Yes, You Should Exercise While Pregnant
April 16, 2015

Power20 PrenatalMany of us think of pregnancy as a time to rest our bodies in preparation for labor. With hormone changes, morning sickness, and the change in appetite that comes with being pregnant, it also might be very tempting to do nothing but sit around and watch television all day. You may have heard of exercising during pregnancy being linked to preterm birth or low birth weight, but this current research does not support these myths. The link between regular physical activity and overall health in the general population is well-known, but the benefits of exercising also apply to both expectant mothers and their babies.

Regular exercise helps prevent excessive weight gain during pregnancy. The average woman should gain 25-35 lbs during pregnancy, but gaining too much weight can increase the mother’s risk of developing gestational diabetes. Maintaining a healthy pregnancy weight also makes it easier to lose the extra weight after the baby is born. Aside from controlling weight, staying physically active during pregnancy can also prevent or decrease depression, low back pain, and urinary incontinence.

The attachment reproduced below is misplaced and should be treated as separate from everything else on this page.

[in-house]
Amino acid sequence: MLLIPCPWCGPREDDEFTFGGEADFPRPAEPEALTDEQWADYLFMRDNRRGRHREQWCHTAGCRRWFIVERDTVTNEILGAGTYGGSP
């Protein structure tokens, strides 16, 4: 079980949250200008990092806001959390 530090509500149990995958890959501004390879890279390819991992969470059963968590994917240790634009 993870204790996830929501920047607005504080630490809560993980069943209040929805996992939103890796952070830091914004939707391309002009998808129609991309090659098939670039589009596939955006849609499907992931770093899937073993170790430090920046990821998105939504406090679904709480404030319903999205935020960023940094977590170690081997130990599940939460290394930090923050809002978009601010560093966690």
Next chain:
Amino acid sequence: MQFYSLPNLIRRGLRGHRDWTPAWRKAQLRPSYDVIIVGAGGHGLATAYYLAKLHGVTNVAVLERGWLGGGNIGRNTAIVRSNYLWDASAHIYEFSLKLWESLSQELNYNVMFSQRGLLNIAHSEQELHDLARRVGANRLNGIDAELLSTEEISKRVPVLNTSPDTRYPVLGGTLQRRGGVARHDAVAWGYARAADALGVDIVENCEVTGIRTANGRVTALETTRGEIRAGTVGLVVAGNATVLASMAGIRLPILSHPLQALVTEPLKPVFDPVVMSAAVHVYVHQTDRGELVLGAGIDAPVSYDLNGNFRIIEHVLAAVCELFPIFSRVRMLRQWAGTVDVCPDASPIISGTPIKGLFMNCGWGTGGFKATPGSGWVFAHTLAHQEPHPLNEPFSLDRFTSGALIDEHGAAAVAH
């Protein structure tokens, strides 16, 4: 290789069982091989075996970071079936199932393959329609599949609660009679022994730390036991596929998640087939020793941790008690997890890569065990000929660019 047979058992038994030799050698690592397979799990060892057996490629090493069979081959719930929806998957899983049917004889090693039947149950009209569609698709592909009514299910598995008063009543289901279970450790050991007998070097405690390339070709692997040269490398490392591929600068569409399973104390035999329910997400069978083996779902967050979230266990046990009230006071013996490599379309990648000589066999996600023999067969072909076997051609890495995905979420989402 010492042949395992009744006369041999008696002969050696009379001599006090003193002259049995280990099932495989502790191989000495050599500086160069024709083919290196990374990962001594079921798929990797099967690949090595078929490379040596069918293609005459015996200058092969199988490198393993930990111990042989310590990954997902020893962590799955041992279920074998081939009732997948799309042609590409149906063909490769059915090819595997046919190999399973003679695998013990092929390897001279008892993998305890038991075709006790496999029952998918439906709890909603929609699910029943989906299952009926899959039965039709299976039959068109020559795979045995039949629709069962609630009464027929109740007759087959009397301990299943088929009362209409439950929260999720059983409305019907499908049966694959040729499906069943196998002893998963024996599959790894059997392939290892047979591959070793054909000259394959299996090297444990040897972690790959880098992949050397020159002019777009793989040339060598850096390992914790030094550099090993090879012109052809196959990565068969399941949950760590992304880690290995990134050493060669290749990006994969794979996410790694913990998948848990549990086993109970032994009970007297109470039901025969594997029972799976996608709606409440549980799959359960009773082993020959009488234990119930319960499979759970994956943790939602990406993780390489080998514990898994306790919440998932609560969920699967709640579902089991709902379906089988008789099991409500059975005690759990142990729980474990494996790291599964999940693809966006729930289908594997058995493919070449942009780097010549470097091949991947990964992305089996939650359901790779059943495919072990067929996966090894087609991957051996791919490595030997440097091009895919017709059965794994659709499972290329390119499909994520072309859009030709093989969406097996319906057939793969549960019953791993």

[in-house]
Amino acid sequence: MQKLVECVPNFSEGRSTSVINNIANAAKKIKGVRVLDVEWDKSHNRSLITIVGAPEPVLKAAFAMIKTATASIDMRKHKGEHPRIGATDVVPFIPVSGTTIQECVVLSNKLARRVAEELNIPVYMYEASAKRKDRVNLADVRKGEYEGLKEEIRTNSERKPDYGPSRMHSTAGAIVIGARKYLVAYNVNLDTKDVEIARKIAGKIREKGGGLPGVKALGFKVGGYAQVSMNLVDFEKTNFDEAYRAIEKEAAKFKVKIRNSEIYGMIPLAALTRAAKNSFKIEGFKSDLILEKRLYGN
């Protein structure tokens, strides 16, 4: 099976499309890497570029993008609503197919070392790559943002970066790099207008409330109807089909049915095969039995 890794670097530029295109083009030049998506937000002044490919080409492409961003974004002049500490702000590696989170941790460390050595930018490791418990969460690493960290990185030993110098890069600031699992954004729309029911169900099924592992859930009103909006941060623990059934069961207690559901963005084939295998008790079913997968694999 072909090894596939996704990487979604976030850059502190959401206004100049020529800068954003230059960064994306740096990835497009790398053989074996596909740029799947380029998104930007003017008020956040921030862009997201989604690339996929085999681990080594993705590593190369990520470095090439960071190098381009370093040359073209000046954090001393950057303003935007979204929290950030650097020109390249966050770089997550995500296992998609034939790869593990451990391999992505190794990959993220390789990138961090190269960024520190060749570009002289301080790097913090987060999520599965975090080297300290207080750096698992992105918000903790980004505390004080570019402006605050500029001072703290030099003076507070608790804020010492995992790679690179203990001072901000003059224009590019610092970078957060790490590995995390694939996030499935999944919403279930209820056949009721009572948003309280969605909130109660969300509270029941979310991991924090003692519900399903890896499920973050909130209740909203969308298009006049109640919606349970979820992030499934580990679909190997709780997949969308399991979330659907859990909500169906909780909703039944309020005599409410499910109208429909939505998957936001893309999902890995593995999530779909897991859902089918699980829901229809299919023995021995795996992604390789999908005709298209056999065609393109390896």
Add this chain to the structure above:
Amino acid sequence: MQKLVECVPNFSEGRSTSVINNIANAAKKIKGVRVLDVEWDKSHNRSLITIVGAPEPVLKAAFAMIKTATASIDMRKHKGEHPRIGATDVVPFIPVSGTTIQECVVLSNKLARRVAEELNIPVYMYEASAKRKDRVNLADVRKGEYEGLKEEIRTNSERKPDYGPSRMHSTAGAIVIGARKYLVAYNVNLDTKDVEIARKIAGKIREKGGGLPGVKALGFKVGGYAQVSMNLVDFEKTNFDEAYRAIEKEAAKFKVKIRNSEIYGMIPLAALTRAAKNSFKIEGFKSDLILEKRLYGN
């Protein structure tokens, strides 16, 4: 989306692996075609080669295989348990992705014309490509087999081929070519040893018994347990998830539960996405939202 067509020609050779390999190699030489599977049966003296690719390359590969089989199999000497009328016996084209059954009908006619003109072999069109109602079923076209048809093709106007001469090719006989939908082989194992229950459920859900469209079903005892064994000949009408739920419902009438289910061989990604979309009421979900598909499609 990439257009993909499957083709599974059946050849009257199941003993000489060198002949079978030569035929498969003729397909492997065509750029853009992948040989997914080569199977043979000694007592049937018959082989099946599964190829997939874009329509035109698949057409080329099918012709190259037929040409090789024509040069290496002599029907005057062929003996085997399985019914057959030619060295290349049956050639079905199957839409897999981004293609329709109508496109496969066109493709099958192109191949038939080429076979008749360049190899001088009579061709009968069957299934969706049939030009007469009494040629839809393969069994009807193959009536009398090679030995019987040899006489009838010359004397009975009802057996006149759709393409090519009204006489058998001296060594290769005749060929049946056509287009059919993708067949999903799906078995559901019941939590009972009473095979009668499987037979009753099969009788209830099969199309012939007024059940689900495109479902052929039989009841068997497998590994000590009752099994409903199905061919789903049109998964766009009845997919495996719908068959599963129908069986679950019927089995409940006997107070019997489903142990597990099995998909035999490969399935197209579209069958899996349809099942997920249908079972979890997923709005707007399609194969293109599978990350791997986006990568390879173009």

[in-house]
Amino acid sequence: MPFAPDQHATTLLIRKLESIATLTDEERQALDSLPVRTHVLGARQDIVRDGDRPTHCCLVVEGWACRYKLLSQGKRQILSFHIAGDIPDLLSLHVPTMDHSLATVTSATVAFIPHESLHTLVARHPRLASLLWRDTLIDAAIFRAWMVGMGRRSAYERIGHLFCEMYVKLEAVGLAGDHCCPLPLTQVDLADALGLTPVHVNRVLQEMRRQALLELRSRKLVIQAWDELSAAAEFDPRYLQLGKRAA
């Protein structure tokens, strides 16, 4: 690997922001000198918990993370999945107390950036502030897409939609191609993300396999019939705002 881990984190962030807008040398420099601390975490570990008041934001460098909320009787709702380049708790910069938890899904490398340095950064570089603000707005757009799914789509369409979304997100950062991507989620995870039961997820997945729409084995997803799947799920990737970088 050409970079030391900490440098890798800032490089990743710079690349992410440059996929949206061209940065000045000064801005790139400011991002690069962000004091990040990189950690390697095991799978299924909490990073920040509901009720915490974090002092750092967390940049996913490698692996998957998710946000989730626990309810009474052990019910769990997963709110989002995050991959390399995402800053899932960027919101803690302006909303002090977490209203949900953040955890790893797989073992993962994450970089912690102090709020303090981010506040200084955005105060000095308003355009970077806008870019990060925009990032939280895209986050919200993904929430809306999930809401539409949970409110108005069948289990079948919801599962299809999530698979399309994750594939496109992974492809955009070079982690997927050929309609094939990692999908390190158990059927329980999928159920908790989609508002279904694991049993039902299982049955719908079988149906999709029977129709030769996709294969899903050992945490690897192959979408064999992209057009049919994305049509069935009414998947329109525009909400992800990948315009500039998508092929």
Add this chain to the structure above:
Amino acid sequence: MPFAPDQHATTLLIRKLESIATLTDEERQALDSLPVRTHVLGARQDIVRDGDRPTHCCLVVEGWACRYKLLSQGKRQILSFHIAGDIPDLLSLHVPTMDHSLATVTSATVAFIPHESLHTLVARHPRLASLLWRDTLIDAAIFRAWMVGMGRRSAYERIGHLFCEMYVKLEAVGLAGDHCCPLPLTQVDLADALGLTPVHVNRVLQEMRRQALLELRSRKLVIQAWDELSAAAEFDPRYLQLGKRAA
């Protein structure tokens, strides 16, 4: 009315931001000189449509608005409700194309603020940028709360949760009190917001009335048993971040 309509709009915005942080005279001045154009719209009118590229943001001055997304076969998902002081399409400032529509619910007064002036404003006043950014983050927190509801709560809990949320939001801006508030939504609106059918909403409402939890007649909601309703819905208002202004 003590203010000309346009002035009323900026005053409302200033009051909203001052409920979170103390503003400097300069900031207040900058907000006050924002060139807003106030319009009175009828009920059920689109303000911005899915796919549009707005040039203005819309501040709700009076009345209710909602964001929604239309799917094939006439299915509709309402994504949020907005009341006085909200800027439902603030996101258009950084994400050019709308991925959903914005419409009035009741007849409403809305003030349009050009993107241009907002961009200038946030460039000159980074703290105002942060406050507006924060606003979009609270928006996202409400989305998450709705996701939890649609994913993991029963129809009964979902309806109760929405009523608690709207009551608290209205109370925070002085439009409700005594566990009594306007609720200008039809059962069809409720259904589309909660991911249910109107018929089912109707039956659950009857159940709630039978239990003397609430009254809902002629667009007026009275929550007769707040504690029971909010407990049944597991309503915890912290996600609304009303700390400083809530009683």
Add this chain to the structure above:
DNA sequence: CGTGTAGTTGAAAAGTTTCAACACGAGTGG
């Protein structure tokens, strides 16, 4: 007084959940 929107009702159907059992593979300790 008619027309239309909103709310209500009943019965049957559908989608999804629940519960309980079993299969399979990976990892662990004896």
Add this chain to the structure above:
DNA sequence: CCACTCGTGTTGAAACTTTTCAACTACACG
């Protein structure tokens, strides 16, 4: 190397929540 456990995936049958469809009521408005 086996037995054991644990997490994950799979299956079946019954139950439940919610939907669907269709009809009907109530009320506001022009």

Babies benefit too.

Babies also benefit from their mothers participating in regular exercise during pregnancy. While it is necessary for the mother to gain some weight during her pregnancy, excessive weight gain increases the risk of the newborn baby being too large or becoming overweight later down the road.

While exercising during pregnancy is a healthy habit, it is still important to be cautious. Avoid contact sports, twisting your waist, deep knee bends, full sit-ups, and long bouts of jumping, skipping, hopping , running, and bouncing. Activities that put you at risk of falling or suffering abdominal trauma, such as skiing or horseback riding, are also off the table.

So what does that leave you with? Depending on the trimester, pregnant women can participate in exercises such as swimming, brisk walking, stationary cycling, stretching and rotating the neck, ankle, shoulders and legs, and working the pelvic muscles (which prevents urinary incontinence). Twenty to thirty minutes of moderate intensity exercise per day on most days is an ideal goal, but adjust this based on your current fitness level. Start slowly, especially if you were not very active prior to becoming pregnant. Low-impact aerobic classes designed for expectant mothers may also be available at your local fitness center. Power 20’s Prenatal Workout App offers 20-minute exercise routines for each trimester, all requiring no equipment.

Left side plank

Power 20’s Prenatal Workout app guides expecting moms through 20-minute exercise routines.

Past or present medical problems such as asthma, heart diseases, preterm births, and miscarriages may prevent you from exercising while pregnant. Stop exercising immediately if you experience any sort of chest pain, lightheaded feelings, headache, shortness of breath, vaginal bleeding, swelling, or feel any changes in fetal movement. Drink plenty of fluids and avoid becoming overheated. As beneficial as exercise is, remember to pay attention to your body and talk to your doctor before starting any exercise routines.